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A nation must think before it acts.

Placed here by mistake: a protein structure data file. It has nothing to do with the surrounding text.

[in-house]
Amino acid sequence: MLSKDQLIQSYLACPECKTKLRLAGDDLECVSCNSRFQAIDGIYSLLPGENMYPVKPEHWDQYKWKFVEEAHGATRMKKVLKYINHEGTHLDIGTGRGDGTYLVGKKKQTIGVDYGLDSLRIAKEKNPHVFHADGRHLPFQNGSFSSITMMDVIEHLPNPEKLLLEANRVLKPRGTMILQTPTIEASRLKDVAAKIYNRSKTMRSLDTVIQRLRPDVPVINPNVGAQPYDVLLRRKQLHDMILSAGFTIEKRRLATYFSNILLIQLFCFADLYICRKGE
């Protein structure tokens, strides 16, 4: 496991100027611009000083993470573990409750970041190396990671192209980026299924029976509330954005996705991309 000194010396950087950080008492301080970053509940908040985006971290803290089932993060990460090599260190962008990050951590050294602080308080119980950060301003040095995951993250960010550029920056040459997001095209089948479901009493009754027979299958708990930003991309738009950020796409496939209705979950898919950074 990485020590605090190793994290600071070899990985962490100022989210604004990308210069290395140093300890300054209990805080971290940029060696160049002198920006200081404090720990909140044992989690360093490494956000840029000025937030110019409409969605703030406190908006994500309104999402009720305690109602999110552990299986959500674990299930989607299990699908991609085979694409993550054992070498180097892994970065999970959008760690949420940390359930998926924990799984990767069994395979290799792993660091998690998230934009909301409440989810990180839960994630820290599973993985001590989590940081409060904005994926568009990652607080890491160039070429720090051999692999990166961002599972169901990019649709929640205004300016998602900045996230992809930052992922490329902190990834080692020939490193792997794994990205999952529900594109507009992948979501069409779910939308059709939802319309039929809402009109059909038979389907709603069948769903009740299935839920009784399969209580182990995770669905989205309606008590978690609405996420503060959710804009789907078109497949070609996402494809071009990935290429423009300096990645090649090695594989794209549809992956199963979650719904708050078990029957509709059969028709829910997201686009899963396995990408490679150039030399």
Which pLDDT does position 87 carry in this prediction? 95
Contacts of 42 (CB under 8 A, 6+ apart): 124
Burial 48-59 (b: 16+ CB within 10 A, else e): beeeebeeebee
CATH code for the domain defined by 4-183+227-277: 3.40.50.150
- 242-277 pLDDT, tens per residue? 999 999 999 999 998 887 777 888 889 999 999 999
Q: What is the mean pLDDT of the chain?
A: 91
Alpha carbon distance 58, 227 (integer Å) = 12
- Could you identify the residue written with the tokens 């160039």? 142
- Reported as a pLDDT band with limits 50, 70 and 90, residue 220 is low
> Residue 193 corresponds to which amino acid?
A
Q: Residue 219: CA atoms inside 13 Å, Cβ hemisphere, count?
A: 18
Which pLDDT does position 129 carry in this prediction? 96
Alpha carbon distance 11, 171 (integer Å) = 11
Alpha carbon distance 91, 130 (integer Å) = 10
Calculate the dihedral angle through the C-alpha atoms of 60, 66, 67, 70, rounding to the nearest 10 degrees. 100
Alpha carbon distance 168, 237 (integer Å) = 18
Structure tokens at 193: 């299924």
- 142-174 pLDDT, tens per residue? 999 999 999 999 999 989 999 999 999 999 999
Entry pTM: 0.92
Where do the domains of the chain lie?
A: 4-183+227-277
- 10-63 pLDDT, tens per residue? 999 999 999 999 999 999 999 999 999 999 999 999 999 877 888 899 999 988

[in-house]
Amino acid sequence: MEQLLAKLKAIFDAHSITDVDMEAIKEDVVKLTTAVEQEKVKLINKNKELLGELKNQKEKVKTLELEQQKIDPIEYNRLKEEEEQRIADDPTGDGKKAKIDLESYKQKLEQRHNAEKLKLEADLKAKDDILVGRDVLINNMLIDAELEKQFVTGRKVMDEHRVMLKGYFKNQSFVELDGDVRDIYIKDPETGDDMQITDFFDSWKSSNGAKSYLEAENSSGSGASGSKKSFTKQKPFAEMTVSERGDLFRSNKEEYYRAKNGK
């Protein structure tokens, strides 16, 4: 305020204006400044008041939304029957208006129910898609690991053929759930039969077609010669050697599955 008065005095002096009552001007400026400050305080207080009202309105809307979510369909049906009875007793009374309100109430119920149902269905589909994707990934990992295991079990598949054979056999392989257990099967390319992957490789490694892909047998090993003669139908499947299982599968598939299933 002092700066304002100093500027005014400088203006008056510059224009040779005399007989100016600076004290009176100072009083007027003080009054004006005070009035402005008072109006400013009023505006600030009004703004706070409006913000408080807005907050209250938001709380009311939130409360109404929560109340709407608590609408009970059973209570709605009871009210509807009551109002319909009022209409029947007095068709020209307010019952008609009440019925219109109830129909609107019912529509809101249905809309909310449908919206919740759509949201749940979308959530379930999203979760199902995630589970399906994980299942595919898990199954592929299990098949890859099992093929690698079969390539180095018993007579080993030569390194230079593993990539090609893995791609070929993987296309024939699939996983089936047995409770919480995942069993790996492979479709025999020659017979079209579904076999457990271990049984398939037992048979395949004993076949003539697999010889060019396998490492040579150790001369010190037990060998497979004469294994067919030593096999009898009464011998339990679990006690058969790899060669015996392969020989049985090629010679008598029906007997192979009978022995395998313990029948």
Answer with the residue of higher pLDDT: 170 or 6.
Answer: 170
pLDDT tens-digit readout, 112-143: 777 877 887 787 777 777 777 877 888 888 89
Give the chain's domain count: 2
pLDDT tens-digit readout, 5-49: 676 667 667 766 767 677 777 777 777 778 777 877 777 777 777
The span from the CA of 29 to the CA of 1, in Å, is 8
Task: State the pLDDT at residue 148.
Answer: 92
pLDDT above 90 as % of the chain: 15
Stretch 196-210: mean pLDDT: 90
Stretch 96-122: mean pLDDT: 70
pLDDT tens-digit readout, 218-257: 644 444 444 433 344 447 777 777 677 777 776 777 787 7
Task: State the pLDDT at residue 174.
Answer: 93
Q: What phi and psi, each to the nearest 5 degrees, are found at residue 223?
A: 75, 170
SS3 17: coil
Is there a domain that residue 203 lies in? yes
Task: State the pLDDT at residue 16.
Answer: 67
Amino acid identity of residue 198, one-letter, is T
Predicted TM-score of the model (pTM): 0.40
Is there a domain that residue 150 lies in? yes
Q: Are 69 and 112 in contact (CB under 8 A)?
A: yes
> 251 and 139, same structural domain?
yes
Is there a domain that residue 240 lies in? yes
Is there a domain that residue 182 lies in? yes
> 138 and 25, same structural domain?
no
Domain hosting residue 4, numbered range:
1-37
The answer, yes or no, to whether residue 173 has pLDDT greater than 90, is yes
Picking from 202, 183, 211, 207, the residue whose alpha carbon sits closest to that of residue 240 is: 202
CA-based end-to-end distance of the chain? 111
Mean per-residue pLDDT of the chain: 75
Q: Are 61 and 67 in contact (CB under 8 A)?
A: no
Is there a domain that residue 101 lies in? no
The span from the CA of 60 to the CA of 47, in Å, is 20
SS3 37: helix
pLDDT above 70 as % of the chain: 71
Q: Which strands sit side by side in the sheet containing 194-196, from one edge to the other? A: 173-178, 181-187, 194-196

Fifty years ago, with the passage of United Nations General Assembly Resolution 2758, the United Nations admitted the People’s Republic of China and expelled the Republic of China (Taiwan). Since then, Taiwan has been internationally isolated and largely prevented from fully participating on the international stage. As Beijing continues its coercive campaign against Taipei and as U.S.-China competition intensifies, Taiwan’s international participation—centered around the United Nations—has again become a major issue. President Richard Nixon may provide a pathway for how the Biden administration should approach this problem: His administration attempted to have both Beijing and Taipei seated in the UN as “dual representatives” as a compromise bargain. While the “dual representatives” compromise would likely fail now as it did then, it does provide a useful rationale for U.S. executives who seek to expand Taiwan’s international participation. The Biden administration has three potential pathways in bolstering or supporting Taiwan’s UN membership, from the current minimalist push in its ad hoc observer status, to a middle-ground to become a permanent observer in the UN General Assembly, to a maximal approach pushing for full membership.